The party heard the music pouring from the open door of the tavern. They looked at the darkening sky and knew they should continue on to shelter before the clouds made good on their threats but the music drew them in through the open doors nonetheless. Save for the soft strumming of the lyre, and the soothing voice of the young bard, the place was silent. No one held whispered conversations, even the barkeep and maids were still and attentive to the sad tale.
The party quietly found seats and became as enraptured as the rest.

The blonde bard could be of no more than 25 summers yet he seemed to sing of experiences denied to even the most worldly and weathered. The music seemed to hang in the air, as if the words and notes were tangible and could be picked up and placed in your pocket for safe keeping. When the last strain echoed off the silent walls every eye held a tear. The audience seemed to inhale a simultaneous breath as if they had forgotten, until the last word faded, that air was necessary and they could not live on the music alone.

The crowd eagerly offered the bard whatever they had in their pockets. This one night would easily make his fortune. He smiled at the crowd, bowed low and elegant and left the bar empty handed. As he walked through the doors memory of the song faded from the minds of the audience. Only the emotion and the name of the bard remained.

The party got back on the road but soon sought shelter from the rain in a nearby cave. Within the cave they find the body of the bard. There is no evidence of what caused his death. Clutched in his hand is a weathered parchment containing the words to a song. It is stained with ink from a bottle that is over turned nearby. It is a sorrowful
tale of a man that fortune smiled on and then abandoned.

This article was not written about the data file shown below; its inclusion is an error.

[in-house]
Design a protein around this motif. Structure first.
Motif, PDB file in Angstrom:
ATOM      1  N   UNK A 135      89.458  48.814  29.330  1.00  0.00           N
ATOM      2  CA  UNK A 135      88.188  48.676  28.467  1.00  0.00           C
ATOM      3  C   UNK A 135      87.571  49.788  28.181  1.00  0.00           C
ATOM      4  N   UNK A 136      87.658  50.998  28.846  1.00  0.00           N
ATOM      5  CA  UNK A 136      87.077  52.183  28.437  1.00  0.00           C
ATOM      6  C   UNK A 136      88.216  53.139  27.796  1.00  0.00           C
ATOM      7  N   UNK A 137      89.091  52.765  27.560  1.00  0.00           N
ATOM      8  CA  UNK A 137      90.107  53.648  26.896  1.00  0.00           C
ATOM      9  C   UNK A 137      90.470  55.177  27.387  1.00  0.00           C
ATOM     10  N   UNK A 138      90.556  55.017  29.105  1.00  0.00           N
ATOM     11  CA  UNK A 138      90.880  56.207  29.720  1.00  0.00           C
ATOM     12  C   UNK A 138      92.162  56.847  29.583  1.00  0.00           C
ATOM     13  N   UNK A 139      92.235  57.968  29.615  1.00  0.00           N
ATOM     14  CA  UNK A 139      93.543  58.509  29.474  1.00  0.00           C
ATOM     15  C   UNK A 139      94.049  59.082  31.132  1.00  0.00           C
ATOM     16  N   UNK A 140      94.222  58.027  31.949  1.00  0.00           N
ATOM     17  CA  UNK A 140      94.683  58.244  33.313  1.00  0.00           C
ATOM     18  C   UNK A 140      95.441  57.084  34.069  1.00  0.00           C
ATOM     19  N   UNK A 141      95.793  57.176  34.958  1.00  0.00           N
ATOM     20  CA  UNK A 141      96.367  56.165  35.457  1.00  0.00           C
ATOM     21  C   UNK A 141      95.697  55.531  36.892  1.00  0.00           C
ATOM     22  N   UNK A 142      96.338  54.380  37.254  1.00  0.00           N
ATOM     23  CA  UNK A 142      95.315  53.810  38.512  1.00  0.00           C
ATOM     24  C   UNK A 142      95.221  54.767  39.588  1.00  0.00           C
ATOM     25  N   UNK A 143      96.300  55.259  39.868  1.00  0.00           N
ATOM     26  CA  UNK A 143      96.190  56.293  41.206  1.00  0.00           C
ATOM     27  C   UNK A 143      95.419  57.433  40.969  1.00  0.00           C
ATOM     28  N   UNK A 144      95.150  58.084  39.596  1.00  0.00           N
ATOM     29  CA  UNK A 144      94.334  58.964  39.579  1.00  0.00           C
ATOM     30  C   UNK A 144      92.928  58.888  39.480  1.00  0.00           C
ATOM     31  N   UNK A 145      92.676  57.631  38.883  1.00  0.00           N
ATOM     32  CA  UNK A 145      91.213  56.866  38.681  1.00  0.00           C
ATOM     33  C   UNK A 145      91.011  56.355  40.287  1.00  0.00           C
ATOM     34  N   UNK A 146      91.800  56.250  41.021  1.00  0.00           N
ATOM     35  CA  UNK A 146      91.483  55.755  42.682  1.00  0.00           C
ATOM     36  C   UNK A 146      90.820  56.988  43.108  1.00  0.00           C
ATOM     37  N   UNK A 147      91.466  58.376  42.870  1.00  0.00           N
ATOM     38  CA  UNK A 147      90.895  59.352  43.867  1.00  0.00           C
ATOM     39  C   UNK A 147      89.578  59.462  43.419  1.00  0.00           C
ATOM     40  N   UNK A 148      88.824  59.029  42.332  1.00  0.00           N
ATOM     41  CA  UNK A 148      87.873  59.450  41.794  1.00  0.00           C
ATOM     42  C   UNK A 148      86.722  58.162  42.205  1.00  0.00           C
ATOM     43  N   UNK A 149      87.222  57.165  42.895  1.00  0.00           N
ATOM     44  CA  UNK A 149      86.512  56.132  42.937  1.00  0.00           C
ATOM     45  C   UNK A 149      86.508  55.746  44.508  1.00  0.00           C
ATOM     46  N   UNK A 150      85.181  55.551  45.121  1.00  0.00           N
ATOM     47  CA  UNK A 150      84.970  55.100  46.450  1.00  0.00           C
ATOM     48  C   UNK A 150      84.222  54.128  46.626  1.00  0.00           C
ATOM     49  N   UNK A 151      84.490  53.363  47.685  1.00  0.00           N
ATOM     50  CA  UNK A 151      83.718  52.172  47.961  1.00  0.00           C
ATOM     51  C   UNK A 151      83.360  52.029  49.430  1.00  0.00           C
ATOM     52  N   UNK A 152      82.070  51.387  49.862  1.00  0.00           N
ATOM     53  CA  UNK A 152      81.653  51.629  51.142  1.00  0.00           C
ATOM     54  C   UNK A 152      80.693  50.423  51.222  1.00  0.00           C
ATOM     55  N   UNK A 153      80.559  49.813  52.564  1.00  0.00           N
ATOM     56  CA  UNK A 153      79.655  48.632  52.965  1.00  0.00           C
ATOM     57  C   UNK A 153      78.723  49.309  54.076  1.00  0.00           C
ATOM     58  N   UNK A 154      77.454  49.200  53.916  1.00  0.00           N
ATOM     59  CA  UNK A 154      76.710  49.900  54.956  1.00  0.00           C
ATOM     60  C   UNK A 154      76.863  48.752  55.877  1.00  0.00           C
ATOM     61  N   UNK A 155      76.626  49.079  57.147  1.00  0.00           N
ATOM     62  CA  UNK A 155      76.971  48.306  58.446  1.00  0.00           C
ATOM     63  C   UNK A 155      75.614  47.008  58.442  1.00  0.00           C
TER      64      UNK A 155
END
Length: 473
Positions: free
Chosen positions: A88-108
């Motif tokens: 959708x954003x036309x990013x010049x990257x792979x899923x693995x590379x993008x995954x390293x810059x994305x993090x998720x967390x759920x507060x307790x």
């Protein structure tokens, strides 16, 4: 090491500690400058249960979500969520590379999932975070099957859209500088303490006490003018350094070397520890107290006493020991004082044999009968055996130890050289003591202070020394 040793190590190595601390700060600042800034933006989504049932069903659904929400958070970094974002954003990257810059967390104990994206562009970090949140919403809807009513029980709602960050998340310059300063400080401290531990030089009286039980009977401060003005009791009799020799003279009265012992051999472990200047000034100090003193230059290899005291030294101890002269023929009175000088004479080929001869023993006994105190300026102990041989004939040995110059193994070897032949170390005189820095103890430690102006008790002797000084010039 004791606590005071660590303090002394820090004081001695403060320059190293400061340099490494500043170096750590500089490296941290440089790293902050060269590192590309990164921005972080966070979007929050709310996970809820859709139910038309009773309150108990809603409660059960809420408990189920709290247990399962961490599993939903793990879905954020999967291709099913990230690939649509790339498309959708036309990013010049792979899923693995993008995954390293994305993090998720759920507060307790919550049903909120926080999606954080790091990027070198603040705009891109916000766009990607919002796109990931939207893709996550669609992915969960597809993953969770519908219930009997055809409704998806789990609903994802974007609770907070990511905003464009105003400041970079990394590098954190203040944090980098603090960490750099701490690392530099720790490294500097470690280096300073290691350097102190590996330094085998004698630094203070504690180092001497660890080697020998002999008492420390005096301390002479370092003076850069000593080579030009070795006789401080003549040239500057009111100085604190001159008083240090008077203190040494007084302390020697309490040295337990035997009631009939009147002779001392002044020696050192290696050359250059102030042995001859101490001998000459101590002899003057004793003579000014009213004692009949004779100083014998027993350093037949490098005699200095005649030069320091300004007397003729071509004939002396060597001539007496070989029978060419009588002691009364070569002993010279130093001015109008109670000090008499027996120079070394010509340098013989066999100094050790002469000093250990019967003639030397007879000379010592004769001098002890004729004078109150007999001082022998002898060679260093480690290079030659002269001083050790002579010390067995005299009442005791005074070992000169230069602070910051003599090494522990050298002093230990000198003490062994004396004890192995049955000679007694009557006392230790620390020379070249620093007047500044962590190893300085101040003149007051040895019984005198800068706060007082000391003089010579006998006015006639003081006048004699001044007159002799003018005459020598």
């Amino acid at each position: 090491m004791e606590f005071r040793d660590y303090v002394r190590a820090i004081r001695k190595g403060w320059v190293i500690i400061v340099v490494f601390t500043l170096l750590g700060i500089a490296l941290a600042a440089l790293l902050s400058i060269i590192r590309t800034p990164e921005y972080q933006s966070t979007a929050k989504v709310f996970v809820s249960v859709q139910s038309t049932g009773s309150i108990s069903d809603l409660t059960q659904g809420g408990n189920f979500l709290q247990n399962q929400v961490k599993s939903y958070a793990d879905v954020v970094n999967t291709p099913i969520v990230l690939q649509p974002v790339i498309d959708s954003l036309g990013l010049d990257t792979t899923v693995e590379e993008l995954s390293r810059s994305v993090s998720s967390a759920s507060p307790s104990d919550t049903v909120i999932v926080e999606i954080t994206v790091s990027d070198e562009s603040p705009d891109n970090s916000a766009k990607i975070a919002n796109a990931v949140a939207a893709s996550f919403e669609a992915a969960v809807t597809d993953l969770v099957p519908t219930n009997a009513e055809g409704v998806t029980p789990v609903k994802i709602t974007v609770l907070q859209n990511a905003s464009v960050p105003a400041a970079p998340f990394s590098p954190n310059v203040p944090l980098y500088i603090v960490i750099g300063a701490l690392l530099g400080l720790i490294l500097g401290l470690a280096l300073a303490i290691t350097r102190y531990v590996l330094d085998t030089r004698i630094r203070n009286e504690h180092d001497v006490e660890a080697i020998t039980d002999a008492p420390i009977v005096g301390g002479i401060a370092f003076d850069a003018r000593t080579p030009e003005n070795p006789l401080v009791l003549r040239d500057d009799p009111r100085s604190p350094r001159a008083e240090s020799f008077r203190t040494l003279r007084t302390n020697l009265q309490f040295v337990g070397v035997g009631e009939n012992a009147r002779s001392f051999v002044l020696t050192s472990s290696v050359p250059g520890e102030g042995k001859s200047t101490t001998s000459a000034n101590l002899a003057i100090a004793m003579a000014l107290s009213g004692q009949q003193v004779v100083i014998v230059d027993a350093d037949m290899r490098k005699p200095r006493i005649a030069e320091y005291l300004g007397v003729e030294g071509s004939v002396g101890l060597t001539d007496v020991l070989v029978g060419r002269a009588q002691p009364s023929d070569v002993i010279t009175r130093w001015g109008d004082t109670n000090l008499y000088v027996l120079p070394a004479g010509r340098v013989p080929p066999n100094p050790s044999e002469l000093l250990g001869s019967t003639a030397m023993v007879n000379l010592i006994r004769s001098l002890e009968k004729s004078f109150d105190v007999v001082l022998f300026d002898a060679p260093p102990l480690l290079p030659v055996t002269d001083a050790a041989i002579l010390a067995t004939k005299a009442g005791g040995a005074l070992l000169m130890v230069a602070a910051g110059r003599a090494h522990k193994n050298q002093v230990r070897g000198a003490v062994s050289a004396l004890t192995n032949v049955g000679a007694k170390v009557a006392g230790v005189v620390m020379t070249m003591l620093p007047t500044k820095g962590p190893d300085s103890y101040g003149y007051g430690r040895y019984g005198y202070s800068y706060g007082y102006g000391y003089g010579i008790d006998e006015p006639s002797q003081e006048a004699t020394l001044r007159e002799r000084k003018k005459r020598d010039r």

Possible Explanations:

1) Truth In Rhyme: The poem was written by the bard and is the story of his own life. It tells of his rise to wealth and fame and his eventual ruin which led to his suicide.

2) Poetic Justice: The bard stole the scroll from a well known, and more successful, bard hoping to gain a bit of the fame for himself. The other bard, knowing his competitor to be a thief, wrote the poem with poisoned ink.
The slow acting poison allowed the man time enough to perform the song once before it took its toll.

3) Your Soul For A Song: The bard obtained the song from a strange old fellow he met on the road. The man was dirty and his clothes were little more than rags. Over a camp fire, he told the man that he would give anything to have just one song that would make his name be remembered forever. The old man said he had just the thing for the young bard. After performing the song the bard became well known and highly paid for his performances. He soon discovered, however, that his life was doomed to be twisted into the very image of the tale he told.

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